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Controlling the oxygen reduction reactions for selective H2O2 production

Published on 4 September 2020
Using dioxygen (O2) for reactivity can be approached through mimicking processes catalyzed by living organisms. This is part of the so-called bio-inspired approach. O2 is indeed a key molecule for metabolic functions. Due to its electronic configuration (He(σs)2s*)2z)2x)2x)2x*)1y*)1), its fundamental triplet state (3O2) is not reactive with any organic molecule whose fundamental state is singlet (1S). This spin-forbidden reaction is lifted in the presence of a metallic cofactor, such as iron or copper, presents at the active sites of certain metalloenzymes. Various activities ranging from O2 transport to the activation of highly energetic C-H bonds and the biosynthesis of molecules of interest then become possible.

O2 reduction can also simply undergo a 2e-/2H+ process to produce hydrogen peroxide (H2O2, Eq. 1) or 4e-/4H+ to form water (H2O, Eq. 2)). These two reactions are part of the oxygen reduction reactions (ORR) [1, 2].

O2 + 2e- + 2H+ ⇆ H2O2Eq.1 O2 + 4e- +2 H+ ⇆ 2 H2O Eq. 2

On one hand, the 4e- reduction is crucial for living organisms and occurs at Photosystem II (PS II). It is also the cathodic reaction in hydrogen-based fuel cells (Figure 1).

Figure 1. Synthetic scheme for an operating hydrogen-based fuel cell.

On the other hand, H2O2 is an important molecule that participates for instance in the immune response to kill microbes [3] and as a chemical co-factor for metalloezymes such as Galactose oxidase [4]. H2O2 is also a staple molecule from an industrial point of view with a worldwide demand of about 3 million tons per year [5, 6]. It has wide applications such as oxidant in chemical reactions, paper bleaching, as antiseptic, and in the etching of electronic circuits [7]. Recently, H2O2 has also emerged as a potential fuel for fuel cells since it can be either oxidized or reduced. The advantage here is that the system does not need any compartmentalization (Figure 2) [8].
Figure 2. Scheme for a H2O2-based mono-compartmental fuel cell.

Up to now, the main H2O2 production relies on the energy-demanding anthraquinone process [7] that suffers severe limitations in term of wastes treatment, efficiency or H2O2-content control. There is thus a crucial need in proposing new eco-aware, sustainable and reliable production methods.

Given their structures, our mixed-valent dicopper complexes are good candidates for targeting ORR. They were tested in organic solvent and at room temperature. In these experiments, sacrificial protons and electrons were provided by the mean of the organic acid LutHBF4 and ferrocene derivatives (MexFc), respectively. The latter are suitable here since their standard redox potentials are adjustable depending on the substitution of the cyclopentadienyl rings. Overall, a selectivity close to 100 % in H2O2 was obtained for the MV complex 1 in acetonitrile with a careful control of the MexFc concentration (Figure 3).[9] The ORR activity of the others members of the series are currently under investigations. These preliminary results are encouraging since they demonstrate the ability of copper ions within a N/S environment to promote almost quantitative H2O2 production.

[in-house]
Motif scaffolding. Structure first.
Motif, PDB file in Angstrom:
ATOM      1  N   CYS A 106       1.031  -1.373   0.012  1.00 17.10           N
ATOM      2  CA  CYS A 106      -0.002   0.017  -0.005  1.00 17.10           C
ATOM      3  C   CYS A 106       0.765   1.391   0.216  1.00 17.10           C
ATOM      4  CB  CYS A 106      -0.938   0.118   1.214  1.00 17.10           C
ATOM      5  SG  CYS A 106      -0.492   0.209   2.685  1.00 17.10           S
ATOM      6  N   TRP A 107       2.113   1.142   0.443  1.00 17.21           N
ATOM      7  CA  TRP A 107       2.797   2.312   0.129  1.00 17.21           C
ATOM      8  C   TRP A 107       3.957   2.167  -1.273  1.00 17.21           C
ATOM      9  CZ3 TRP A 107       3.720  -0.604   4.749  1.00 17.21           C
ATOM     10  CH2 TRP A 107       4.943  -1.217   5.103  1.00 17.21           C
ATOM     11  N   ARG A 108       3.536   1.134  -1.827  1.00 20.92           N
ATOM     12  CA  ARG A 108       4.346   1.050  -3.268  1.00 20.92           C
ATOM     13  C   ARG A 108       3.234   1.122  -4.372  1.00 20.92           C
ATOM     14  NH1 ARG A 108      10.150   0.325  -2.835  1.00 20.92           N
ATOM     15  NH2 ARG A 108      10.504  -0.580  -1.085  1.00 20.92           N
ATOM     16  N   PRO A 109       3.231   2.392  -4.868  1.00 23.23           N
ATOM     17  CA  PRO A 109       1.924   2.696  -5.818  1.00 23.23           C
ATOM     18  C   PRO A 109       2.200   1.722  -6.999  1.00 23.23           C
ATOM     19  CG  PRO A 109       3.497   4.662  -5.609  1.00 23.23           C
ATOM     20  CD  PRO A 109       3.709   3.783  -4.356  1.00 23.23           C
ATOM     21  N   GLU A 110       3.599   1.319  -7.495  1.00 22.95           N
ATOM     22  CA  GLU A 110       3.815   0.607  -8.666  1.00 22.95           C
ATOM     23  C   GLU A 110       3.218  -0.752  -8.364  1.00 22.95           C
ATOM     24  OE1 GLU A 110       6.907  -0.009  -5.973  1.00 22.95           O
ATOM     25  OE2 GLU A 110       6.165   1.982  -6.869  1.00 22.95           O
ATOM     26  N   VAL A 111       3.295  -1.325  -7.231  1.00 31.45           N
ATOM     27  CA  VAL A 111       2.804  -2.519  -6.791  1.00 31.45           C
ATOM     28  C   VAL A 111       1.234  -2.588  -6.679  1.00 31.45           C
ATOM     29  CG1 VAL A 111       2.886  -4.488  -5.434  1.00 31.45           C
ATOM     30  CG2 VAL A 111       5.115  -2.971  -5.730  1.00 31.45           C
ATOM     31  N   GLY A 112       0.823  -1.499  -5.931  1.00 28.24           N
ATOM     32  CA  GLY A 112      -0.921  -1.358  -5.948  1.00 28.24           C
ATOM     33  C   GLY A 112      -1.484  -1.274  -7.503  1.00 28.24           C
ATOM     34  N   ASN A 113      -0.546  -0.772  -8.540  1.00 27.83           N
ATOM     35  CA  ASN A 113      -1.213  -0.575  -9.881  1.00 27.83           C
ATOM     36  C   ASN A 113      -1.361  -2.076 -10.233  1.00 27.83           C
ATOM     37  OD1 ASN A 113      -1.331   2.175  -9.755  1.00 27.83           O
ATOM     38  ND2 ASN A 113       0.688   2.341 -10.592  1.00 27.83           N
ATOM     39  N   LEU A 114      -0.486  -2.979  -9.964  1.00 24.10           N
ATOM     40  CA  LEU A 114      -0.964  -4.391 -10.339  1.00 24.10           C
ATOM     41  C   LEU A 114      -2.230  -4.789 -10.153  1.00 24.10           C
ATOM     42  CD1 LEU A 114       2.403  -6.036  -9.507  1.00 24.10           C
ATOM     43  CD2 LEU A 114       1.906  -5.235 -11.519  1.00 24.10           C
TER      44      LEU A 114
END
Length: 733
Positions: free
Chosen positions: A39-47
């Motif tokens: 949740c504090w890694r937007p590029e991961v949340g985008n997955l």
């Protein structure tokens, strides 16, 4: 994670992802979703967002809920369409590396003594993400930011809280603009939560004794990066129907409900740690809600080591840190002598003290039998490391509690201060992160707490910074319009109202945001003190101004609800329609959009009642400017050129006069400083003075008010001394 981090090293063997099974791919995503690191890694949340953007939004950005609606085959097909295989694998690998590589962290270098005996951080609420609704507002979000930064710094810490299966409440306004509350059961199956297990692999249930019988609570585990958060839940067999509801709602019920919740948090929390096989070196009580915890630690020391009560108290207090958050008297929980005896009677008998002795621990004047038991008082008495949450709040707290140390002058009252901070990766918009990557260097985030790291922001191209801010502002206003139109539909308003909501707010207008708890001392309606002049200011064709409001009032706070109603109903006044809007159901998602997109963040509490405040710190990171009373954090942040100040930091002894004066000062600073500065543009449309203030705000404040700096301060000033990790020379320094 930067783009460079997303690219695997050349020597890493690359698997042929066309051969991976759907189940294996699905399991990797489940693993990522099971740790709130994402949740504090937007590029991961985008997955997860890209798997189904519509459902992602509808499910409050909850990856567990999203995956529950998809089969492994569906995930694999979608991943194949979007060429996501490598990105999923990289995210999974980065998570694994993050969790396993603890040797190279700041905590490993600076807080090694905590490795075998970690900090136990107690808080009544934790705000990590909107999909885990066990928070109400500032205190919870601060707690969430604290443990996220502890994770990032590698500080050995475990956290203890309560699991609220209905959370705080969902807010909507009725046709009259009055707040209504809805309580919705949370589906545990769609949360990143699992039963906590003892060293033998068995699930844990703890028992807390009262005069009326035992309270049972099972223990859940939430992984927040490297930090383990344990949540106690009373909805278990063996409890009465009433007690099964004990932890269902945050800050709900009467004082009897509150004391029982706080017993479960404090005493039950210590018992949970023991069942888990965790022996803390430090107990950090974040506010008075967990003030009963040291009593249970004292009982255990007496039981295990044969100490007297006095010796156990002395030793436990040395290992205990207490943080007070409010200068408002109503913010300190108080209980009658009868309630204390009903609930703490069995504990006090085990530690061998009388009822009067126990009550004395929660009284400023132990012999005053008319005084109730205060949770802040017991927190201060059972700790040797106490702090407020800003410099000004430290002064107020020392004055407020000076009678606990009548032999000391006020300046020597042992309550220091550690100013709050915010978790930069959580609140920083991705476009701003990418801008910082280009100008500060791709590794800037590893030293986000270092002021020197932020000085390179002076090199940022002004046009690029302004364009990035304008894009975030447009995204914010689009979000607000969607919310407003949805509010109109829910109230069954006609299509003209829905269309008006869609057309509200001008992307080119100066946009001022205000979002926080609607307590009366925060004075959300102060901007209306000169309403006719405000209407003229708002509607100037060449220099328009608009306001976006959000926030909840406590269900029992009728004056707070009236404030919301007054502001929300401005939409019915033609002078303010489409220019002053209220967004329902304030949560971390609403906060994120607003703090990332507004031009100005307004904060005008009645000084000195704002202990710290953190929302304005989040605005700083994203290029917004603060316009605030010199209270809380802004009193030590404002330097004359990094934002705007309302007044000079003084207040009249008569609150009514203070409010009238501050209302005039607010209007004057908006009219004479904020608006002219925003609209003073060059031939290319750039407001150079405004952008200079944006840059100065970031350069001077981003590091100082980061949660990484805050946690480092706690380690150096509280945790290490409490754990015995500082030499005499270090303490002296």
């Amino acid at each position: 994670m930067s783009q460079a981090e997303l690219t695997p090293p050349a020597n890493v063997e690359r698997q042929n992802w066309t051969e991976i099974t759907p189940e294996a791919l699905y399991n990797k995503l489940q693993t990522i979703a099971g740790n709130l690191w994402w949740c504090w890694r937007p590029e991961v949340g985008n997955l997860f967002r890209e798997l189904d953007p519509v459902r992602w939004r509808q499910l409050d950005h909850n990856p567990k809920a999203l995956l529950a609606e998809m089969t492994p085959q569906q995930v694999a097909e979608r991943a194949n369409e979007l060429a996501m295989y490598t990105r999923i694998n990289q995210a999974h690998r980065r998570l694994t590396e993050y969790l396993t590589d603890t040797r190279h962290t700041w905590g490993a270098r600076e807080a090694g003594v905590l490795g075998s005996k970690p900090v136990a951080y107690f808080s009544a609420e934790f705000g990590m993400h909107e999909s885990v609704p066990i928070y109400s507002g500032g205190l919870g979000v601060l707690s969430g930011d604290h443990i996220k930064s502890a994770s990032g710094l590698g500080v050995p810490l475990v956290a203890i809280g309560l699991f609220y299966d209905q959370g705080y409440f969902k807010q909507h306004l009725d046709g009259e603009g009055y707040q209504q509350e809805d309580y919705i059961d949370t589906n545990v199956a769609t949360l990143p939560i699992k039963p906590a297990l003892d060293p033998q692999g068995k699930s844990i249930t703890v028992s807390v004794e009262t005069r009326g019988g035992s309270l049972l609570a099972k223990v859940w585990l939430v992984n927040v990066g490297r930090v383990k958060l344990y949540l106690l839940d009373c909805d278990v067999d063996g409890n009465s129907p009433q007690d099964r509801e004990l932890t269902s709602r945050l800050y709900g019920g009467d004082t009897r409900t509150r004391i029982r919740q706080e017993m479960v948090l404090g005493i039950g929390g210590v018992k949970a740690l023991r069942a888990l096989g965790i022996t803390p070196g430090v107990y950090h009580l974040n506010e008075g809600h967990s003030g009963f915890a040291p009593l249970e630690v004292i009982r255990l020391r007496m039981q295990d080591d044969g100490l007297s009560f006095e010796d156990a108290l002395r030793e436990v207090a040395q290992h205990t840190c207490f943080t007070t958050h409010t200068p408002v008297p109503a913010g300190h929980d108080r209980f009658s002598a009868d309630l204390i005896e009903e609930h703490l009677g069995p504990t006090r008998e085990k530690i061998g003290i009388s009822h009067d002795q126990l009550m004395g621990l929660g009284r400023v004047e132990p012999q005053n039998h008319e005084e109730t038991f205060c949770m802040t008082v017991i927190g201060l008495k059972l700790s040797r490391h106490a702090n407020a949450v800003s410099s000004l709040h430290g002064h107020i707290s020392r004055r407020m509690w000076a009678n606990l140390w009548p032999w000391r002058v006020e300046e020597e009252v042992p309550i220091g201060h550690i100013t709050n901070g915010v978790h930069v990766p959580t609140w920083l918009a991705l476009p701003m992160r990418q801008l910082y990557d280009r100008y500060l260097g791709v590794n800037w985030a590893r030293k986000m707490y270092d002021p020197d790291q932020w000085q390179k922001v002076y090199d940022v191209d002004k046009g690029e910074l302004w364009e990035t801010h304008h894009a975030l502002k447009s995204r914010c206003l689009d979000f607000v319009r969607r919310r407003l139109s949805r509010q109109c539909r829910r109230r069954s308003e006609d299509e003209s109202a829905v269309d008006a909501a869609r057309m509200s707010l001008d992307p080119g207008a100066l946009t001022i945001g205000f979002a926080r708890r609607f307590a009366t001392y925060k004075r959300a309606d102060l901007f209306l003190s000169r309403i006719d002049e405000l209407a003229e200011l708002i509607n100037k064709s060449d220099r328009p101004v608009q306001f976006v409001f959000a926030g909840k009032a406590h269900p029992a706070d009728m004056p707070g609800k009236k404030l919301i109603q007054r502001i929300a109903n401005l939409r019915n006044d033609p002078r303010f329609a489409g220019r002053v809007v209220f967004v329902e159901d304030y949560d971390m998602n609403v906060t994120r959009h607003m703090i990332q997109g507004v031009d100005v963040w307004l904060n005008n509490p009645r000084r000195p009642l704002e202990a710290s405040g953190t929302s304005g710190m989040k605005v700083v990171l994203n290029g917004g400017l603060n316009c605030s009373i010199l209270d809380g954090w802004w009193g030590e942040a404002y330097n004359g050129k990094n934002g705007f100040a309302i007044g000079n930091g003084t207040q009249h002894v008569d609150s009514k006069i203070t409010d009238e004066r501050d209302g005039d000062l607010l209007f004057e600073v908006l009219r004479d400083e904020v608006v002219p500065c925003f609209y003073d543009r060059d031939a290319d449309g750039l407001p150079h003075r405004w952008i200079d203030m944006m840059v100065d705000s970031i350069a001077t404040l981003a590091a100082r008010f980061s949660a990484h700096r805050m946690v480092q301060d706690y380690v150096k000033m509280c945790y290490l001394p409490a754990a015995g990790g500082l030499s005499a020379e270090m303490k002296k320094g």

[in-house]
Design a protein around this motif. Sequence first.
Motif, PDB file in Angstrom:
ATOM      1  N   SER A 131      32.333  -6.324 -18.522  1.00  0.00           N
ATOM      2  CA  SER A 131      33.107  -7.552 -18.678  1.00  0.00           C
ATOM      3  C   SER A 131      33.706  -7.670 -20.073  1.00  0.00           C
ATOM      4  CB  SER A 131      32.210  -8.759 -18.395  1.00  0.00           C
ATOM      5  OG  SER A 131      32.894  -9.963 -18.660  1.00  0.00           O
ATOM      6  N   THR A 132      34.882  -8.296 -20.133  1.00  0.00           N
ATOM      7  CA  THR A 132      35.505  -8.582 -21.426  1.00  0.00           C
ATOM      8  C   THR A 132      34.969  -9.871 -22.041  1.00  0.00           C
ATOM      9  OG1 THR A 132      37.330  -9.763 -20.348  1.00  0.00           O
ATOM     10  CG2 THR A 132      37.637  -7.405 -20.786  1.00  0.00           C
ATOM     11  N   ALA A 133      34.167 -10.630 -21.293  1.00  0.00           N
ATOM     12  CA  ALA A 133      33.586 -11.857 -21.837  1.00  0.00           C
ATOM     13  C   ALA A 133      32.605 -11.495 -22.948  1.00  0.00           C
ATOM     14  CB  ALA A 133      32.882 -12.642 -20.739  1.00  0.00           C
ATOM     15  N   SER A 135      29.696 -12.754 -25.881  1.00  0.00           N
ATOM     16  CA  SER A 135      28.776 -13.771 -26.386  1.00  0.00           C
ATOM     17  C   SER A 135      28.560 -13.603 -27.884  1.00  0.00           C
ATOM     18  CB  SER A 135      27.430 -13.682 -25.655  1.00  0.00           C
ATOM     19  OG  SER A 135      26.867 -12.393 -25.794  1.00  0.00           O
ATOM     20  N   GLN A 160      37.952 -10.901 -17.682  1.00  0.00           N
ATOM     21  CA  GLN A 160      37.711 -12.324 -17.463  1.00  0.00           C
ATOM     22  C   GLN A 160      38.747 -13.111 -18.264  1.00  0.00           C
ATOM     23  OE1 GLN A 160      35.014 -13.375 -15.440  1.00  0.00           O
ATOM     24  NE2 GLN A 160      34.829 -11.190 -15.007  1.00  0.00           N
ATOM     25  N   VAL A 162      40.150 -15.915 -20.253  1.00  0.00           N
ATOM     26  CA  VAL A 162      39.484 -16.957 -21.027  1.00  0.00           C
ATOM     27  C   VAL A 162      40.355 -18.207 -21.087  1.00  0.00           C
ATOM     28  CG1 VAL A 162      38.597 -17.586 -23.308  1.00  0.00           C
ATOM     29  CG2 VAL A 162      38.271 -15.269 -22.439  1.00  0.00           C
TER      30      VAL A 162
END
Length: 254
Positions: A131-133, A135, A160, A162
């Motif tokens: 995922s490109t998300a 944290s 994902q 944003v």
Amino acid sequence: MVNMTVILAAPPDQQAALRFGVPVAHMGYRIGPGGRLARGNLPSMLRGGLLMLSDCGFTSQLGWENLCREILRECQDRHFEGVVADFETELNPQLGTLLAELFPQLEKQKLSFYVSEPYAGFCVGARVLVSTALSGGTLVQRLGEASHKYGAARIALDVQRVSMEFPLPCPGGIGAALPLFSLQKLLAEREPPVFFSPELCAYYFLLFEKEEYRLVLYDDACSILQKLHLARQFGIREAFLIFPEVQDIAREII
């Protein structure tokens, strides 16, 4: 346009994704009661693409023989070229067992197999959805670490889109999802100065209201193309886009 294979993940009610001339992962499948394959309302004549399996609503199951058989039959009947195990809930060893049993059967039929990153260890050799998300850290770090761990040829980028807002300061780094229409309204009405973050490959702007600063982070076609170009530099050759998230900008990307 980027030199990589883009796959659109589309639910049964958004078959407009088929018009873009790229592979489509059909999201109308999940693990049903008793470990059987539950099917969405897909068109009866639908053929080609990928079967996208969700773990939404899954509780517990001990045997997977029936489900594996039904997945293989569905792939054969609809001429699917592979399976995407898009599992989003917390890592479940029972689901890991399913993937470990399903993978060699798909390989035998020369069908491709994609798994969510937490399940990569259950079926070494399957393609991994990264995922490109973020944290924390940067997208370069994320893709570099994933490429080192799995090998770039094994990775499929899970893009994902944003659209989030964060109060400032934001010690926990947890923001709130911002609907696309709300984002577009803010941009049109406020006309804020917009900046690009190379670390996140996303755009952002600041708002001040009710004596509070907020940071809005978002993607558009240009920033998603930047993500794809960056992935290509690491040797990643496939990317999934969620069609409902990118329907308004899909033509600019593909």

However, the main drawback resides in the fact that the H2O2 produced is polluted by the large amount of the oxidized MexFc and therefore remains unusable.

Figure 3.

To circumvent this problem, a new strategy based on the use of heterogeneous catalysis is currently under development in our team with a collaboration with Pr L. Bonneviot and Dr B. Albela from the ENS Lyon. In this approach, the catalyst and the electron source are co-grafted at the surface of a multi-addressable material such as mesoporous silica (denoted SiO2 from now on) to form a new hybrid. This way, they will be easily removed from the reactive medium (Figure 4), opening valuable issues in terms of sustainability and recyclability.

Figure 4
. Approach for the use of a hybrid for clean, controlled and recyclable H2O2 production.

When looking closer at the structure of the targeted material (Figure 5), mesoporous SiO2 acts as a combination of micro reactors from which a controlled reactivity and a confinement effect are expected.

Figure 5
. General strategy for the association of a molecular catalyst and MexFc sources into mesoporous SiO2 for a controlled H2O2 production.

These results were published in the following article:
• Mangue, J.; Gondre, C.; Pécaut, J.; Duboc, C.; Ménage, S.; Torelli, S.; Chem. Commun. 2020, 56, 9636-9639

[1] (a) Machan, C. W., ACS Catalysis 2020, 10 (4), 2640-2655
[2] Pegis, M. L.; Wise, C. F.; Martin, D. J.; Mayer, J. M., Chem.Rev. 2018, 118 (5), 2340-2391
[3] Nathan, C.; Cunningham-Bussel, A., Nature Reviews Immunology 2013, 13 (5), 349-361
[4] Solomon, E. I.; Sundaram, U. M.; Machonkin, T. E., Chem. Rev. 1996, 96 (7), 2563-2605
[5] In Ullmann's Encyclopedia of Industrial Chemistry, Wiley: 1999-2013
[6] Bryliakov, K. P., Chem. Rev. 2017, 117 (17), 11406-1145
[7] Campos-Martin, J. M.; Blanco-Brieva, G.; Fierro, J. L. G., Angew. Chem. Int. Ed. 2006, 45 (42), 6962-6984
[8] Yamada, Y.; Fukunishi, Y.; Yamazaki, S.-i.; Fukuzumi, S., Chem. Commun. 2010, 46 (39), 7334-7336 
[9] Mangue, J.; Gondre, C.; Pécaut, J.; Duboc, C.; Ménage, S.; Torelli, S.; Chem. Commun. 2020, 56, 9636-9639